What Is Money Flow Index (MFI)?

What Is Money Flow Index (MFI)?

Understanding the Basics of MFI

An overbought or oversold signal in an asset can be identified with the help of the Money Flow Index (MFI), a technical oscillator that considers both price and volume. The oscillator ranges from a scale of 0 to 100. The Money Flow Index is an alternative to traditional oscillators like the Relative Strength Index (RSI) because it uses price and volume information. This is why some market watchers refer to MFI as "volume-weighted RSI." Overbought is defined as an MFI reading above 80, while oversold is defined as a reading below 20, although levels of 90 and 10 are also used. If the indicator and the price are not aligning, it is considered that there is something to take note of.

In addition, it can be used to identify divergences that foretell a reversal in the price trend. For there to be a divergence, the oscillator must be heading in the opposite direction of the price. This indicates that the current price trend may be changing direction. Using multiple waves in both the price and the MFI allows traders to look for larger divergences. In addition, trading opportunities can be indicated by the overbought/oversold levels. We rarely see moves below 10 or above 90. When the MFI rises above 10, traders know it is time to buy, and when it falls below 90, they know it is time to sell.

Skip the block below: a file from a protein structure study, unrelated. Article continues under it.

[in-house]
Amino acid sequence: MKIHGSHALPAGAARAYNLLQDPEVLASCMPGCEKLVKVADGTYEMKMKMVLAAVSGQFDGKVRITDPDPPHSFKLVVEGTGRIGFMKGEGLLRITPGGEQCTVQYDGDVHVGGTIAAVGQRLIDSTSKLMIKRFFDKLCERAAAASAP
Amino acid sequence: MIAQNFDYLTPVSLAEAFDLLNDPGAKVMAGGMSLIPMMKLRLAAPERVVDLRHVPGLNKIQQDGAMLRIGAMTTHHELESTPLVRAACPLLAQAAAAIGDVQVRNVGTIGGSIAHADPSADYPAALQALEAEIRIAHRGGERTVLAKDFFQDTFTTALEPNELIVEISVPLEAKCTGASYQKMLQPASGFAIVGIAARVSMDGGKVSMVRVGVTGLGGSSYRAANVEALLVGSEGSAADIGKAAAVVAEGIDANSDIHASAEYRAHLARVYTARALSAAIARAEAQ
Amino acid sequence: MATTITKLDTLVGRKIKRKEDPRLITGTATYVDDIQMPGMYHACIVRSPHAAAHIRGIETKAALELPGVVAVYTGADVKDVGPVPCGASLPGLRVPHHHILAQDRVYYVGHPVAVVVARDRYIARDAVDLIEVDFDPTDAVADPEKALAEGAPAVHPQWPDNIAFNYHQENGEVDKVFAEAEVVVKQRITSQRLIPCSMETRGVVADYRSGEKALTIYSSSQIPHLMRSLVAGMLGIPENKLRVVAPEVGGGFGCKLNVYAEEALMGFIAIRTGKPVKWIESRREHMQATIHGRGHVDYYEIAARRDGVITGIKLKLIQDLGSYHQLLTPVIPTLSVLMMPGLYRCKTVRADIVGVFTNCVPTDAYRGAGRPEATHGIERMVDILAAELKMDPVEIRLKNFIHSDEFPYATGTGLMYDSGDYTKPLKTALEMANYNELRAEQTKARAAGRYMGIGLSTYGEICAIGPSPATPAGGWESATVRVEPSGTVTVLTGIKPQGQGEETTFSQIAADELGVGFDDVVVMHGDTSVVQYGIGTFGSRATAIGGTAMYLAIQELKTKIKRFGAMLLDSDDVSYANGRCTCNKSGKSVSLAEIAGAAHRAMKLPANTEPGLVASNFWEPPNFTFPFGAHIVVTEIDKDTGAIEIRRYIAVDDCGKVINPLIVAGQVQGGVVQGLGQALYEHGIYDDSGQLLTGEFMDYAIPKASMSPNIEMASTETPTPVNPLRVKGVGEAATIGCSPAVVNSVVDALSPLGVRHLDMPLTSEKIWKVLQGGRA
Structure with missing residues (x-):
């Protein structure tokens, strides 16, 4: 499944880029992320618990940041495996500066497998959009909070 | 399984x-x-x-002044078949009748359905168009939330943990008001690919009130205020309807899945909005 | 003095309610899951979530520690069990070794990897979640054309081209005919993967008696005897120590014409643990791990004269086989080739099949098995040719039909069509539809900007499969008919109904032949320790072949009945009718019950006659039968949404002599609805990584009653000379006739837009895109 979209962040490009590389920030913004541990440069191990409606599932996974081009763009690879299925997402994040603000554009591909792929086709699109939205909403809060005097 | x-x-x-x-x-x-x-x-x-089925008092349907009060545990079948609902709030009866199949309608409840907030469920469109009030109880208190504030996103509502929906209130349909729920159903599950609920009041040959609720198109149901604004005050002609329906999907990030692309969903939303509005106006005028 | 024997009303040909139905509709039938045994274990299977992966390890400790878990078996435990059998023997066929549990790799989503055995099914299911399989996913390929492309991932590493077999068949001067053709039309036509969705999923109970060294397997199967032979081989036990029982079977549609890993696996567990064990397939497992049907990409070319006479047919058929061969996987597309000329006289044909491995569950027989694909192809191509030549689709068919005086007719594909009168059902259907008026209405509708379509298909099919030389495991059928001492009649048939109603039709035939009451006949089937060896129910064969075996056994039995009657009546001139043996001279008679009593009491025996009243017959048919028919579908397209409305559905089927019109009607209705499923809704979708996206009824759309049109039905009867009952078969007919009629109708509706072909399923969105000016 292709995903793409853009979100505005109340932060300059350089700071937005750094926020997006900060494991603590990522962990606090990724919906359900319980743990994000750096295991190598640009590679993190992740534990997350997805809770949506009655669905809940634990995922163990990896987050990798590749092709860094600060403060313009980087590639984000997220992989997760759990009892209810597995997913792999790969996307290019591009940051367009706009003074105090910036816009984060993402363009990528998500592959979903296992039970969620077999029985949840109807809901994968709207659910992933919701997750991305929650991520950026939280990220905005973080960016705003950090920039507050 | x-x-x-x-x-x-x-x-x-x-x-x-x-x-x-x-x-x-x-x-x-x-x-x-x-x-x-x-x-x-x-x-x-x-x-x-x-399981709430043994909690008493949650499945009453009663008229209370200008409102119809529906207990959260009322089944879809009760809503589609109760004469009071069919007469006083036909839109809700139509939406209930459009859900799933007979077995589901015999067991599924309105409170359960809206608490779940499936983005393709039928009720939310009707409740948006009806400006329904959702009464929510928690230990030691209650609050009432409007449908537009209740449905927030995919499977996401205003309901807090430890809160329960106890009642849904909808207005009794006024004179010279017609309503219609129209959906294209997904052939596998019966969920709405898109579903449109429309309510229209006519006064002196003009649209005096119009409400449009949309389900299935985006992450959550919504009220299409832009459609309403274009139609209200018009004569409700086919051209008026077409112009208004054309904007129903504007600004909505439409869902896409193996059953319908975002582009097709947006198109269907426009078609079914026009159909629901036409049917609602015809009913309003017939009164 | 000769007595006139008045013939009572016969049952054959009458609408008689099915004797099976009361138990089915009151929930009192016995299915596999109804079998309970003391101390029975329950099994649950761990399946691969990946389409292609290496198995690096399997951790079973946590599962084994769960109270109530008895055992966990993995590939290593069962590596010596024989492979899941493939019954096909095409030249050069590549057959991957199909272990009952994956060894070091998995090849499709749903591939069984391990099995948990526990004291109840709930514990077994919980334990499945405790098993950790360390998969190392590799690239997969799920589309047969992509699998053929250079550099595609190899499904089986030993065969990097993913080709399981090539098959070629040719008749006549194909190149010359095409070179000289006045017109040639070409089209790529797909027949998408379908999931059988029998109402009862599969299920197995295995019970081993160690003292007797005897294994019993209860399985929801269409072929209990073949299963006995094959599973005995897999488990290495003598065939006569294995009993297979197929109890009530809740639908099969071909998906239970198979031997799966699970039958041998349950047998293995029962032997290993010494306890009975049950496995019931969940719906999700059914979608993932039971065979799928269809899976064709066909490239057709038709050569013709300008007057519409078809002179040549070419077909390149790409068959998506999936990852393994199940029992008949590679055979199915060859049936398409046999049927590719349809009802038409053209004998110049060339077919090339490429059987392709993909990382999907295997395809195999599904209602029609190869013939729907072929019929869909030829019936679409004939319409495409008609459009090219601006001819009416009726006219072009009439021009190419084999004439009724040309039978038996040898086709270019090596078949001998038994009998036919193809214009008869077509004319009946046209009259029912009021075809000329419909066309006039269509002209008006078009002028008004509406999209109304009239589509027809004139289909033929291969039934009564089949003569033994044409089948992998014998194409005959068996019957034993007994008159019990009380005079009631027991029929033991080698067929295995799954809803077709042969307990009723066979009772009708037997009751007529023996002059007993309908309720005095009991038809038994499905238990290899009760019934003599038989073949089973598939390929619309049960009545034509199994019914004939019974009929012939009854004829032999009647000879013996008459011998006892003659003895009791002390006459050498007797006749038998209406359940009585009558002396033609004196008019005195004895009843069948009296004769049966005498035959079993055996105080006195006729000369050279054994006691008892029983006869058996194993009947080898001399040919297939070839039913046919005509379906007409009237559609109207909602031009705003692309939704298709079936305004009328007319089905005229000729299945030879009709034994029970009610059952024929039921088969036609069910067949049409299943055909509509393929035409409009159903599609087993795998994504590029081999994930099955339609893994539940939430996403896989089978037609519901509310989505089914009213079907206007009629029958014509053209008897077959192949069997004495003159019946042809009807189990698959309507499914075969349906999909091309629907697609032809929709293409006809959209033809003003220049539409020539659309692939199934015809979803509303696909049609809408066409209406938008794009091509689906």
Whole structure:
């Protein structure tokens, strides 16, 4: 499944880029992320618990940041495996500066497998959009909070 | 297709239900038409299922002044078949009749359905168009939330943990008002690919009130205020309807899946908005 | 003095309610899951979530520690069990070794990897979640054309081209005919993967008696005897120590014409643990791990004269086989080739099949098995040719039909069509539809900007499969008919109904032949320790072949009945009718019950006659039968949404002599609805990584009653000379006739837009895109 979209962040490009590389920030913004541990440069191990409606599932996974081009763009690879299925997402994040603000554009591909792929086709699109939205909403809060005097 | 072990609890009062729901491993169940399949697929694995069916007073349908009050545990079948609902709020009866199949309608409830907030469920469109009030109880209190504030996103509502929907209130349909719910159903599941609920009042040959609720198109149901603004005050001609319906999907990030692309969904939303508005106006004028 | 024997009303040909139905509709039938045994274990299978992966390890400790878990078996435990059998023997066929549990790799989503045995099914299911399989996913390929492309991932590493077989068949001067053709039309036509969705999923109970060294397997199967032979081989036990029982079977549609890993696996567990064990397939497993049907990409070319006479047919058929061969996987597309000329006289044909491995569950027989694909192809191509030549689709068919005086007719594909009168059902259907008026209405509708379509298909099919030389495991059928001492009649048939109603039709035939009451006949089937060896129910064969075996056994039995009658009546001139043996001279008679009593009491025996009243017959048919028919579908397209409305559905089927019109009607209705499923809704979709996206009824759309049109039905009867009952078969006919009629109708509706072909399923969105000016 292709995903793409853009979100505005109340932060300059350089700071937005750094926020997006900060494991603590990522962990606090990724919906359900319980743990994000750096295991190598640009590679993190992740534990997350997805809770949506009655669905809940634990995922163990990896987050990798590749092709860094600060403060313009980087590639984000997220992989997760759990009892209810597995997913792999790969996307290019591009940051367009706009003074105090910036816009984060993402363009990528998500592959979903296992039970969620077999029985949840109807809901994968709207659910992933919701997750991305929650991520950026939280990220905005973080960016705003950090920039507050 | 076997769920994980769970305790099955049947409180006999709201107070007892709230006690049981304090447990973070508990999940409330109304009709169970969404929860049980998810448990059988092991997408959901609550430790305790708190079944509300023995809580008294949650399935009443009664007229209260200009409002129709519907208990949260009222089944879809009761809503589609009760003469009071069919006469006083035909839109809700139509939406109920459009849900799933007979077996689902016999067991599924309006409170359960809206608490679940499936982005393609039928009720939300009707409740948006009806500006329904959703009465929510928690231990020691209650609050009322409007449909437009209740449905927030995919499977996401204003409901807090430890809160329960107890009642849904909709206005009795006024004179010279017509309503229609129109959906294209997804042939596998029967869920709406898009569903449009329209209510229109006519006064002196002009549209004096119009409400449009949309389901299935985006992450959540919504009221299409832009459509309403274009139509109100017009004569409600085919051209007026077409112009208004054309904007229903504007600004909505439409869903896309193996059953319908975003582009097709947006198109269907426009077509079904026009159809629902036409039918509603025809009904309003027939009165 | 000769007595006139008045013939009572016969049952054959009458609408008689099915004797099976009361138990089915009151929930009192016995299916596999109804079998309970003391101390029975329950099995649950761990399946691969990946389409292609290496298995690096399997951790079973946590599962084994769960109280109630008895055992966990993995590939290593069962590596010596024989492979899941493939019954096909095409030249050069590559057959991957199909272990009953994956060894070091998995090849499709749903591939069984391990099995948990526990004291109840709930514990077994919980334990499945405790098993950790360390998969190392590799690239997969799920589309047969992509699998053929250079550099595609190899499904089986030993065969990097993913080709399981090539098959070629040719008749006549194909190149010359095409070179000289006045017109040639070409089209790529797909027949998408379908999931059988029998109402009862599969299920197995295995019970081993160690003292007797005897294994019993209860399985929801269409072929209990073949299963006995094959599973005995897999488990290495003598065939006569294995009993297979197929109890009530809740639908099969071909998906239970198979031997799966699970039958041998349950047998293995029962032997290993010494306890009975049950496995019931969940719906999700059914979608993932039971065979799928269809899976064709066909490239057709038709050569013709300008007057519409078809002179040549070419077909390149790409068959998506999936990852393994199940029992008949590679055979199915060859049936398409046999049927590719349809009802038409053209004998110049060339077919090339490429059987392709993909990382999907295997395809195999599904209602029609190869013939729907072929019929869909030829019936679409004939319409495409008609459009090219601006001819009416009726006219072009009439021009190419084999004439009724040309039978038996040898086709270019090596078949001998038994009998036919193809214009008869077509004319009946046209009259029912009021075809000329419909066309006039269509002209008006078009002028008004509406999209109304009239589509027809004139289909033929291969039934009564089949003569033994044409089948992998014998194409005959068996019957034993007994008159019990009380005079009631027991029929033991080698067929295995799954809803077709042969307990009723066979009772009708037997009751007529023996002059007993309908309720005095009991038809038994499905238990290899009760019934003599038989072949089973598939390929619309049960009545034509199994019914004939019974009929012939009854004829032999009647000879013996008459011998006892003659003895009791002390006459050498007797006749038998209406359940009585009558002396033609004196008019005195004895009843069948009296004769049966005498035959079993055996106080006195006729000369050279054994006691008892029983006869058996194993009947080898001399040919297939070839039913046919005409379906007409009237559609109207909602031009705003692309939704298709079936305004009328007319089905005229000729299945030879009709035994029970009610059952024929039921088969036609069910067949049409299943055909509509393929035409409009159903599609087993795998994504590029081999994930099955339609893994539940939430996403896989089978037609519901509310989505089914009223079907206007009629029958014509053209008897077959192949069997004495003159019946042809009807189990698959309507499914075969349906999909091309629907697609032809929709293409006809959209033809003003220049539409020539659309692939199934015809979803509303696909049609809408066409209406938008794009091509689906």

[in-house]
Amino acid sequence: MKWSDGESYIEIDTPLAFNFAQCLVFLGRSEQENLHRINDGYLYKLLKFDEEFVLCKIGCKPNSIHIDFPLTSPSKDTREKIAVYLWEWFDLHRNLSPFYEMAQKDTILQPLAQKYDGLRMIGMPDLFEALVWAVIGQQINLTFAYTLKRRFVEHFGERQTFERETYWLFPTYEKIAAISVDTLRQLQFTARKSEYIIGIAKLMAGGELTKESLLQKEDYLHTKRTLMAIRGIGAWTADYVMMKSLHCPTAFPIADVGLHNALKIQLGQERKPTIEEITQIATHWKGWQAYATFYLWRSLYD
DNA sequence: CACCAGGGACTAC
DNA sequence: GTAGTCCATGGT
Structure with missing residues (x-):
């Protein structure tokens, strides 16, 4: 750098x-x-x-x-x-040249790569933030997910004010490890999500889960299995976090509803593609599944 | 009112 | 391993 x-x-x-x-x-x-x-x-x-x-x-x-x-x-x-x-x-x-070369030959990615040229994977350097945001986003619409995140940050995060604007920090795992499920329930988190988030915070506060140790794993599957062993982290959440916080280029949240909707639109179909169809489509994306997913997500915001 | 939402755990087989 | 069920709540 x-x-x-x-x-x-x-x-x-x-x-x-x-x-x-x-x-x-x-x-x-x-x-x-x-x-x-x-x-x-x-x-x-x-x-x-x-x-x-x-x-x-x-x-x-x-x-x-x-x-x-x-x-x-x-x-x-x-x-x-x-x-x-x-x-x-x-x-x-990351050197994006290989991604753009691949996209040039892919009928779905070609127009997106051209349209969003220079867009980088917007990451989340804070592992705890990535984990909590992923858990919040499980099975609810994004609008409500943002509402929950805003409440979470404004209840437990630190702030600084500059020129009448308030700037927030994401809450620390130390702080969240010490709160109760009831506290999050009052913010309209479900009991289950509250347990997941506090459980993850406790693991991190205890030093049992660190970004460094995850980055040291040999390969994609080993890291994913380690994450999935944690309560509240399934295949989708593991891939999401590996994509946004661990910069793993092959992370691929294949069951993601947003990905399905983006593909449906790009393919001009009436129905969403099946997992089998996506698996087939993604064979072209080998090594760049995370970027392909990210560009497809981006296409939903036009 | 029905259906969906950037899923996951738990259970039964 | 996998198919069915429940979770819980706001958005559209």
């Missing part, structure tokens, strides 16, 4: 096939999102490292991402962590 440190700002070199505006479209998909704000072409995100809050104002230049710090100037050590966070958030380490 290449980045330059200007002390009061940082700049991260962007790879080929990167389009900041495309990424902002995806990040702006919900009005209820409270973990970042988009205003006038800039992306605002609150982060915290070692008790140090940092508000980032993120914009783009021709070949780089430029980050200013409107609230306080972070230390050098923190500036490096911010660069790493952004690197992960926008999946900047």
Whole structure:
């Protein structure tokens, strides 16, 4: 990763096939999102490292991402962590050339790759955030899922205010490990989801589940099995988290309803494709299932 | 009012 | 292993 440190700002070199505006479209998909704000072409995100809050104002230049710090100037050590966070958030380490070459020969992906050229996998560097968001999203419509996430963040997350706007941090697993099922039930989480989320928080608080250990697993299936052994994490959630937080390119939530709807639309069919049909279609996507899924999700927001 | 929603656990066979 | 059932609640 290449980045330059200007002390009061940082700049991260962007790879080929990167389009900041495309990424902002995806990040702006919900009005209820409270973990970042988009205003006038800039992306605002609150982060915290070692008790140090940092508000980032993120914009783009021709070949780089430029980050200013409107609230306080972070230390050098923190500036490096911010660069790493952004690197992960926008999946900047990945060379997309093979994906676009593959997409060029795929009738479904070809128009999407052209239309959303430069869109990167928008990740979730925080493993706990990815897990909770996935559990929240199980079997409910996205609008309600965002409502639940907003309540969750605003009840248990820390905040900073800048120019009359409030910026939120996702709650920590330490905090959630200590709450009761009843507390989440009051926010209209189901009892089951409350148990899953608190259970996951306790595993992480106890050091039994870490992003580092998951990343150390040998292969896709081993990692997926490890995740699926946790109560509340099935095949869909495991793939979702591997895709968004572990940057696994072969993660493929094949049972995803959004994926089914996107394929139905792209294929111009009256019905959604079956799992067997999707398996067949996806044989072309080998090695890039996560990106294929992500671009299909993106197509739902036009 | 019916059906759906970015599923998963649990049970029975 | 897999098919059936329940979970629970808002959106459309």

There is a robust correlation between the MFI and RSI. In contrast to the RSI, MFI takes volume into account. Proponents of volume analysis often assert that it is a leading indicator. For this reason, they think that MFI will be a timelier indicator than the RSI in providing signals and warning of potential reversals. No single indicator is superior to any other; each indicator uses a slightly different combination of factors to arrive at its signal.

The MFI can generate erroneous readings. Sometimes a good trading opportunity will be signalled by the indicator, but the price will not follow suit, leading to a losing trade. A divergence, for instance, may not even result in a price reversal. This indicator may also miss a warning of a critical event. Traders should therefore employ multiple indicators and not rely solely on any one of them for analysis and risk management. Willing to know more? Visit Nifty Trading Academy today!

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